Today is my 44th birthday. And yes, spending it in the Coronavirus lockdown is a bit of a bummer. The world is on a weird pause at the moment.
But I’ve seen this retreat, this isolation as a reason to step back and look at my life and reevaluate what’s important. For too long I’ve had it in my head that in order to feel happy, to achieve anything valuable in my life, I needed other people to tell me. I searched for validation in everything I did, and judged my success in how well it was received.
Then something changed. I started to see success as something I could achieve without the help of anyone else’s approval.
No longer do I see success in my life as being defined by how other people see me. I don’t hold on to addictions and behaviors as a way of guarding against the world that I’m convinced is stacked against me. I’ve learned that if you think the world is against you, guess what, it will be.
I sit in this quietness, and I feel overwhelmed by memories, by distances between myself and the people who I have known, who have been the people that have made me, taught me, loved me, shaped me into the forty-four-year-old version of me that sits typing this on his birthday, in a self-appointed quarantine, during a worldwide pandemic.
Who could have ever predicted this?
So what’s it all about?
Closing that gap. The spaces between us. And, ironically perhaps, it took a complete isolation to make me see it.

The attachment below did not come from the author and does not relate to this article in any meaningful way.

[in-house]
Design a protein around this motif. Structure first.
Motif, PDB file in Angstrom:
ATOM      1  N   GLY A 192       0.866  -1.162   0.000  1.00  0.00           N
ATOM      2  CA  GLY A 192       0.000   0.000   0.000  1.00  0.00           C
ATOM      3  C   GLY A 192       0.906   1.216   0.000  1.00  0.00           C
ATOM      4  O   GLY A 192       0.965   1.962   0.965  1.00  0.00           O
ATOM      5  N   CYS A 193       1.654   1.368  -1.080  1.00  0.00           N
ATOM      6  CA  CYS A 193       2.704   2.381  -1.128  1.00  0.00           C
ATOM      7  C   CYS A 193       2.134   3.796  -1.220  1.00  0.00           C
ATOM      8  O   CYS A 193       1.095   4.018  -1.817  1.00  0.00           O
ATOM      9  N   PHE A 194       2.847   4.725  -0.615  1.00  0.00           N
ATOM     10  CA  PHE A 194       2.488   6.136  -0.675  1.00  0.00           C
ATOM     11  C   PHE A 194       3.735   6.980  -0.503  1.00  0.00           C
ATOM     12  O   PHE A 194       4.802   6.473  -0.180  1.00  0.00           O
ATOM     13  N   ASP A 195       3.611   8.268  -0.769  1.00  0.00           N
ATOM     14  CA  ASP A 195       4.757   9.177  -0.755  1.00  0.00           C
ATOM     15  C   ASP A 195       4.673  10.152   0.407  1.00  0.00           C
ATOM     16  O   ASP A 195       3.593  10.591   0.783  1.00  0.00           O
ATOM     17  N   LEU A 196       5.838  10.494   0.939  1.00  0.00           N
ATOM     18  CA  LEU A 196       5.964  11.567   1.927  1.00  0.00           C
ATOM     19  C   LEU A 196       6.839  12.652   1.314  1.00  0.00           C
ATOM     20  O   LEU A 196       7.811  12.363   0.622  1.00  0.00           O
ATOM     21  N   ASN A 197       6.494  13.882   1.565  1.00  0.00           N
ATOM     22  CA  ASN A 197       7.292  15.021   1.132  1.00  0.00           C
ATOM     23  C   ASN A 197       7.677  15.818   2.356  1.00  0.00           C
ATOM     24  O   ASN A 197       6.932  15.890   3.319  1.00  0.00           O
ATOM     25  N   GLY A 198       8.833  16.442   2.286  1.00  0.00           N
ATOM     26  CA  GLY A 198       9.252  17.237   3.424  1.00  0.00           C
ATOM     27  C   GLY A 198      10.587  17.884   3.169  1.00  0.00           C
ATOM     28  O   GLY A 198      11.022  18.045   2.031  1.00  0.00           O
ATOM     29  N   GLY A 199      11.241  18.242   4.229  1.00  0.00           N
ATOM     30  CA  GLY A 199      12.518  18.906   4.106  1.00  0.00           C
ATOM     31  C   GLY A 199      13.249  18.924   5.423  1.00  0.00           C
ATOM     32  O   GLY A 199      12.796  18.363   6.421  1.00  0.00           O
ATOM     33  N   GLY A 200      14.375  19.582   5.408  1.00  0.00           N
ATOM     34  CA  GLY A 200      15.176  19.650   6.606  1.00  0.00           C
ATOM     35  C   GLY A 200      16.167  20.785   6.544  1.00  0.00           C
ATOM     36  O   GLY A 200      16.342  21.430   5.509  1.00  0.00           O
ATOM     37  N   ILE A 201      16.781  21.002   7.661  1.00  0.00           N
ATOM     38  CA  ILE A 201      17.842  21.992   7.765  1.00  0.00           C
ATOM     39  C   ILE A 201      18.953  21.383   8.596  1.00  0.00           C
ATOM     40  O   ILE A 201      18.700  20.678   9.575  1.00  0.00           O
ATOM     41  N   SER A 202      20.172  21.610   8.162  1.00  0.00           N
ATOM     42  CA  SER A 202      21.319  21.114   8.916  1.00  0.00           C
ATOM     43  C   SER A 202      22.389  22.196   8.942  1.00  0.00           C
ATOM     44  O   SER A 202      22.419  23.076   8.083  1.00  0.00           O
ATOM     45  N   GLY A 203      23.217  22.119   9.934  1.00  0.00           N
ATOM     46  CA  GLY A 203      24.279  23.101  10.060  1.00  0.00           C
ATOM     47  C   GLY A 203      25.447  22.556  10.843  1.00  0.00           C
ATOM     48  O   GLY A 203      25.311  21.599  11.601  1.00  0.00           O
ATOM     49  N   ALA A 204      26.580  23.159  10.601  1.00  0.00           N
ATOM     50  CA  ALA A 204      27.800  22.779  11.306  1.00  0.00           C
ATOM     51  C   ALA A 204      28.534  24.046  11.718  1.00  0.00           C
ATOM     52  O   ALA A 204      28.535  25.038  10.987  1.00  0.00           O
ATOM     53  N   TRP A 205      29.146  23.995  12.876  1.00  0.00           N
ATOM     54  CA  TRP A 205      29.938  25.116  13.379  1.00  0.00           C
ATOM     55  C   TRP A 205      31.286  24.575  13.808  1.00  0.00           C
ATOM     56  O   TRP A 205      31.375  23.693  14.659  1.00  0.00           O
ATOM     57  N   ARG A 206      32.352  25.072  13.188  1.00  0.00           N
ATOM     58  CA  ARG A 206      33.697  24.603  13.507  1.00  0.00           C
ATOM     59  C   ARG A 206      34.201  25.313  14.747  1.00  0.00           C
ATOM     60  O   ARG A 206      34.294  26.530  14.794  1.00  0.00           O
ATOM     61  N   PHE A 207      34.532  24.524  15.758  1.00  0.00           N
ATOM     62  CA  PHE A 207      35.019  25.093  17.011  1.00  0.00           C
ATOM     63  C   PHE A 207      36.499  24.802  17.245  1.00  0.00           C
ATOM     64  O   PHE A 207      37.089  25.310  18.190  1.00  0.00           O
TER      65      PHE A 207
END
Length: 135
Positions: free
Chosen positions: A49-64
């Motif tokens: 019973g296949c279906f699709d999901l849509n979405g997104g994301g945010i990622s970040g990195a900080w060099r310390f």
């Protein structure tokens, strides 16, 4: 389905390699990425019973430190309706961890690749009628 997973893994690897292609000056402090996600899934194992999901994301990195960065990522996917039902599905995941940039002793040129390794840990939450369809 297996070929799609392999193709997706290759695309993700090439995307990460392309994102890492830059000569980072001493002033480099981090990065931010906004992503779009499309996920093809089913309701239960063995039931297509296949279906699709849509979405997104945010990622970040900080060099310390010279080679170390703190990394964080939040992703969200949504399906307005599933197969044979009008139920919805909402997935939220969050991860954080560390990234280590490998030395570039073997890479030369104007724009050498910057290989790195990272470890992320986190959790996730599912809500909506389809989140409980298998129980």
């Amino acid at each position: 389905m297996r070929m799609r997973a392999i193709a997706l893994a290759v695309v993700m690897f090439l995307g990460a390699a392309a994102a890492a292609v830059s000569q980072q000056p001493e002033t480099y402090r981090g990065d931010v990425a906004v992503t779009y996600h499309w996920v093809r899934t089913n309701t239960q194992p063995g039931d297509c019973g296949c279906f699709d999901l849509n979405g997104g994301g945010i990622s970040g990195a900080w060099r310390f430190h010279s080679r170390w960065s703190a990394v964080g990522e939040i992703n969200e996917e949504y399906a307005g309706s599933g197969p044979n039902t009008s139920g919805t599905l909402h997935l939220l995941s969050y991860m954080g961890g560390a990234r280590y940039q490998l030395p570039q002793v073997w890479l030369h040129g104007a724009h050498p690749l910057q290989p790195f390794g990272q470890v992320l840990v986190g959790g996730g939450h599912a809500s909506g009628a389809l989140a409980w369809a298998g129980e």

When I was eighteen I changed my name. I was born Edward Drewno. I was named after my father, who was named after his father. I never met his father because he was murdered in 1968. My dad had a falling out with his family, and from the time I was five-years-old, I never saw them again. I didn’t feel attached to my name, because it felt like an extension of a group of people that I didn’t know. A group of people my father didn’t want in his life.
I took my mom’s family name because I felt more connected to her family. More importantly, I wanted to feel connected to a family. I’ve always wanted that. But I also never wanted anyone to see my vulnerable side. Growing up gay, I learned early that I had to be guarded, I had to perform as someone I wasn’t, if I was going to survive. And I’ve carried this guarded version of myself into my adult life, into my relationships, and as a result, I’ve lost many people along the way. And I feel separated from nearly everyone in my family.
This is a project to reclaim them.
I want to create a sort of living community. A place where I can share and reconnect. We’re all isolated at the moment, but we don’t have to be alone. I have pages in here for stories, memories, photos and discussions.
Please leave comments, send me emails, send me pictures. Let’s all re-connect and create something we can share together while there’s still time…